1745. Palindrome Partitioning IV


Problem Description

The problem requires us to determine whether a given string s can be divided into three non-empty substrings that each form a palindrome. A palindrome is a string that reads the same forward and backward—for example, racecar or madam. If it is possible to split the input string into such three palindromic segments, we return true; otherwise, we return false.

Intuition

The solution approach involves first understanding the characteristics of a palindrome. A string is a palindrome if the first and last characters are the same, and if the substring between them (if any) is also a palindrome. The intuition behind the solution involves checking all possible ways of splitting the string into three substrings and testing for each split if all three resulting substrings are palindromes.

To decide whether a substring is a palindrome, we can precompute the palindromic status of all possible substrings. We create a 2D array g where g[i][j] is True if the substring from index i to index j is a palindrome. This precomputation uses dynamic programming. Once we have this 2D array, we can iterate through all possible splits with two nested loops, using the g array to check if each potential three-segment split consists of palindromes. If such a three-palindrome partitioning exists, we return True; if we finish our iterations without finding one, we return False.

The dynamic programming part to fill the g array checks palindromes by comparing the characters at the indices i and j, and by ensuring that the substring between them is a palindrome (by checking the entry g[i+1][j-1]).

By precomputing the palindrome statuses, we save time in the later stage where we're iterating over potential partition indices, allowing this solution to be efficient and effective for the problem.

Learn more about Dynamic Programming patterns.

Solution Approach

The solution employs dynamic programming and precomputation to determine the palindromic nature of all substrings in the string s. The data structure used for this is a 2-dimensional array g where g[i][j] holds a boolean value indicating whether the substring starting at index i and ending at index j is a palindrome.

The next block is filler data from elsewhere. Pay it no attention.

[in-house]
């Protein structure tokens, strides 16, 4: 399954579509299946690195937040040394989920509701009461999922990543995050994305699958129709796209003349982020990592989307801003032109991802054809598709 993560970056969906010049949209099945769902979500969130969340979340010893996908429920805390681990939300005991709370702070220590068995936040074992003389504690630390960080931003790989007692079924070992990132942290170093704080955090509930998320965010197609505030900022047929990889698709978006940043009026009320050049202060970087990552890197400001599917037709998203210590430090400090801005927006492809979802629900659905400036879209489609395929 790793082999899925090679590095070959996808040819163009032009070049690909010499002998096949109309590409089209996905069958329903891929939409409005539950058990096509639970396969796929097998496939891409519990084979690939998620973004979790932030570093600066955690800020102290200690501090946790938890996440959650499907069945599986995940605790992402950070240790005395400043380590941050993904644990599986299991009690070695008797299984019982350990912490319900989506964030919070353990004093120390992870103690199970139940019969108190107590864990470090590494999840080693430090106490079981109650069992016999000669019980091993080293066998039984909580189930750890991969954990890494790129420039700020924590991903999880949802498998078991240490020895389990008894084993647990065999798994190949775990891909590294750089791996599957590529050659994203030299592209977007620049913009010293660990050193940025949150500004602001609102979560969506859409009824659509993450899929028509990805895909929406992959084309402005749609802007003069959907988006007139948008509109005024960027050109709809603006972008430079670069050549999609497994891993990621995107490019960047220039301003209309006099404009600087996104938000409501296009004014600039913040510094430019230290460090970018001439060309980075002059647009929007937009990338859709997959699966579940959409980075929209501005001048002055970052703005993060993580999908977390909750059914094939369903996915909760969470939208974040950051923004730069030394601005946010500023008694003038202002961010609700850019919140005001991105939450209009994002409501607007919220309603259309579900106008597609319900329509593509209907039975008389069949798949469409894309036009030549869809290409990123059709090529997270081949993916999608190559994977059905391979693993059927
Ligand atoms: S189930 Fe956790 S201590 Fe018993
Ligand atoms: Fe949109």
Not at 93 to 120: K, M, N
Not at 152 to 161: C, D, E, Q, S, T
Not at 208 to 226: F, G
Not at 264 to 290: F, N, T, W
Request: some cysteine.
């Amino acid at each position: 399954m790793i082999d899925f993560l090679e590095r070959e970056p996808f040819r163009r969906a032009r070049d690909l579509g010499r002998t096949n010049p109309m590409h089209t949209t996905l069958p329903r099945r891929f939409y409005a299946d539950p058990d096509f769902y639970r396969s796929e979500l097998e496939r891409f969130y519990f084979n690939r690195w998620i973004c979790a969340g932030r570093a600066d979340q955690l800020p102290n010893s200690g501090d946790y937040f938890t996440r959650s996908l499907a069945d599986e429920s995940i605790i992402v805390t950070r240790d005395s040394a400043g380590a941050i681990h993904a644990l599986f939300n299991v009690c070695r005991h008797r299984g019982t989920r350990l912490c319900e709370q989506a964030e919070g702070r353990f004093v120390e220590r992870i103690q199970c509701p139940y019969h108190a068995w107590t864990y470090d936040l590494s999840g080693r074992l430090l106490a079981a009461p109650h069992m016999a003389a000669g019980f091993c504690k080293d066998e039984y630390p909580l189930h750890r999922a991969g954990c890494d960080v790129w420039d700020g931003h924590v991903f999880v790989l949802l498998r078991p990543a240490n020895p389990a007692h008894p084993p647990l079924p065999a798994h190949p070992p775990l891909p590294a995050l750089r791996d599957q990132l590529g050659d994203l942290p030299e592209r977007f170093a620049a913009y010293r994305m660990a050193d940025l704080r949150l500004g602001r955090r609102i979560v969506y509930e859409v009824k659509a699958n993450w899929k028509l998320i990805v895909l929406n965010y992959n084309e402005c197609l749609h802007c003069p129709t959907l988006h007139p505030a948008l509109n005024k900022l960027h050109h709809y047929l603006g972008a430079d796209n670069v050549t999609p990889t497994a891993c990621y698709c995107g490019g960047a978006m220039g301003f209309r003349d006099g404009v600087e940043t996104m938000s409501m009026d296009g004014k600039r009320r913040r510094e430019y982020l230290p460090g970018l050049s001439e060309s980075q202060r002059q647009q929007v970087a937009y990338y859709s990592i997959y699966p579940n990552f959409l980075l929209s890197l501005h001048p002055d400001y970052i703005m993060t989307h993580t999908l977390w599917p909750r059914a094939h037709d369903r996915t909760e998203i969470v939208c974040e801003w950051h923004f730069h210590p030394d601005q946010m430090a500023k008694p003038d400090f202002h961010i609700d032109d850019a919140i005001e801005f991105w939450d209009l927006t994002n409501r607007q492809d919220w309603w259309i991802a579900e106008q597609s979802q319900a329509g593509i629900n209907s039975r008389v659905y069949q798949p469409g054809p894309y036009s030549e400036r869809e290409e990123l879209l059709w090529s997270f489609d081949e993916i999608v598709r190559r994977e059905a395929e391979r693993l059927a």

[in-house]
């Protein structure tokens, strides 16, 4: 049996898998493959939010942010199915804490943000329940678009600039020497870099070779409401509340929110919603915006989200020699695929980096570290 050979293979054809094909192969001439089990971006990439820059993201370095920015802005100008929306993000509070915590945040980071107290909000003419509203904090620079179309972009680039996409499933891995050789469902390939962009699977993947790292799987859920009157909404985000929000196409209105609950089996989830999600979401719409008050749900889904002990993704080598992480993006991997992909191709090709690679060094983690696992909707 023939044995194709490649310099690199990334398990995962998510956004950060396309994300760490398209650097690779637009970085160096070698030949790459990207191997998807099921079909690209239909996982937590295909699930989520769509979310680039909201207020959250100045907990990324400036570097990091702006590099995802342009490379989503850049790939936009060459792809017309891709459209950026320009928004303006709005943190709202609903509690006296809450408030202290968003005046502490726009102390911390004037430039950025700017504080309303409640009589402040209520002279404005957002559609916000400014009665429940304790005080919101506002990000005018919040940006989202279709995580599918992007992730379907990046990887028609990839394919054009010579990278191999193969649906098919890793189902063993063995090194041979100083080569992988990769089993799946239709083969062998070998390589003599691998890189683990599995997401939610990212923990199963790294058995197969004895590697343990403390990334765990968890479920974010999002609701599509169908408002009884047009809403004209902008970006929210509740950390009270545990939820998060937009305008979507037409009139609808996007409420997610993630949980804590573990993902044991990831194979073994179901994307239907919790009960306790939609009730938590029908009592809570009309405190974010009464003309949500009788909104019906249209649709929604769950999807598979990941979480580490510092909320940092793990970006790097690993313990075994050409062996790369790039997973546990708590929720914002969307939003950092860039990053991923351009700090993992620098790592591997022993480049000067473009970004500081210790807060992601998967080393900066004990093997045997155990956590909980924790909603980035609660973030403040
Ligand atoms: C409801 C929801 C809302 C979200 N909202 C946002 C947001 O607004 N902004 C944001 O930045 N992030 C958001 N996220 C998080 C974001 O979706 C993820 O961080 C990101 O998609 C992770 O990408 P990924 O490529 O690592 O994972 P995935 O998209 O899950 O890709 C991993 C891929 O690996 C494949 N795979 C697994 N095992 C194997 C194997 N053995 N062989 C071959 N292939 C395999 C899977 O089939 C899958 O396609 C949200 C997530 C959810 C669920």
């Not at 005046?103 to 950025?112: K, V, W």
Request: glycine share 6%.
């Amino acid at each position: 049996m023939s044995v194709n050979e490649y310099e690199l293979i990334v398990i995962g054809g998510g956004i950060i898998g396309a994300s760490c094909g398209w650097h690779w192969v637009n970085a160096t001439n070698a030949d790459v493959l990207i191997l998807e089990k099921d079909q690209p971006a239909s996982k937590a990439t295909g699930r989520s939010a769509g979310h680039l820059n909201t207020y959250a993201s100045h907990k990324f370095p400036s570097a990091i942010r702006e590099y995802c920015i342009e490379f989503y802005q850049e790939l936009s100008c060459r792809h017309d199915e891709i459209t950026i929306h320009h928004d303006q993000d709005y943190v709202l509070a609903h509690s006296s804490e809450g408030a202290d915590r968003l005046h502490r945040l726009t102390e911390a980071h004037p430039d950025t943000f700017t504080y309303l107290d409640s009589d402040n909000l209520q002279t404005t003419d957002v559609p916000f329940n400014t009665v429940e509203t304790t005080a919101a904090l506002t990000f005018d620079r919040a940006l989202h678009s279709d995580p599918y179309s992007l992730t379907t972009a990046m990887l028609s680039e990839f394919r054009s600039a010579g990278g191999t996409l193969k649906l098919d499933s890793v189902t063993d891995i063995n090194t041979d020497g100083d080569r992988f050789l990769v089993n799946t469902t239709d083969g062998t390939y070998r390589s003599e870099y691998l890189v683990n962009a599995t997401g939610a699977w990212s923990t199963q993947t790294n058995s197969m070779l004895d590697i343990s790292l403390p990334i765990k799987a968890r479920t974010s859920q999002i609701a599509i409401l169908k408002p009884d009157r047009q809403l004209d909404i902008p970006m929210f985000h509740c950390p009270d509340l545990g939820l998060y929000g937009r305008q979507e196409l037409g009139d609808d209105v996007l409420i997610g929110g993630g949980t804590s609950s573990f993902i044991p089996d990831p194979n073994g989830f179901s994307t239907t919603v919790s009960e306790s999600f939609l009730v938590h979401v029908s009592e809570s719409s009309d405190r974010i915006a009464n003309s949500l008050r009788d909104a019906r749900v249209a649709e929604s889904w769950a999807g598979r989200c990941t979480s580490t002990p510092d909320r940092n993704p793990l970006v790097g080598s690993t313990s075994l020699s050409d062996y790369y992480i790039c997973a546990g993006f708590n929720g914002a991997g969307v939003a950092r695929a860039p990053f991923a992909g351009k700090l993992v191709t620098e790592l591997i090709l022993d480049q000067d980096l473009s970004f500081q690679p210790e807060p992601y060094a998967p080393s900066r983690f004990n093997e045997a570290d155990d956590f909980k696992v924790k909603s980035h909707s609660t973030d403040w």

Here's a step-by-step breakdown of the implementation:

  1. Initialize a 2D array g of size n * n filled with True, where n is the length of the string s. Since a substring of length 1 is trivially a palindrome, the diagonal of the array g (where i==j) represents these substrings and is thus initialized to True.

  2. Populate the g array using a nested loop. Starting from the end of the string, we move towards the beginning (decreasing i). For each i, we iterate j from i+1 to the end of the string. We update g[i][j] to True only if the characters at i and j are equal and the substring g[i+1][j-1] is a palindrome. This check ensures that we confirm the palindromic property for a substring by comparing its outer characters and using the previously computed statuses of its inner substrings.

  3. Once the g array is computed, we use two nested loops to try all possible partitions. The first loop iterates over the first potential cut in the string (denoted by i; it marks the end of the first substring), which goes from index 0 to n-3. The second loop goes over the second potential cut (denoted by j; it marks the end of the second substring), which starts one position after i and goes until n-2. These loops make sure that each of the three resulting substrings is non-empty.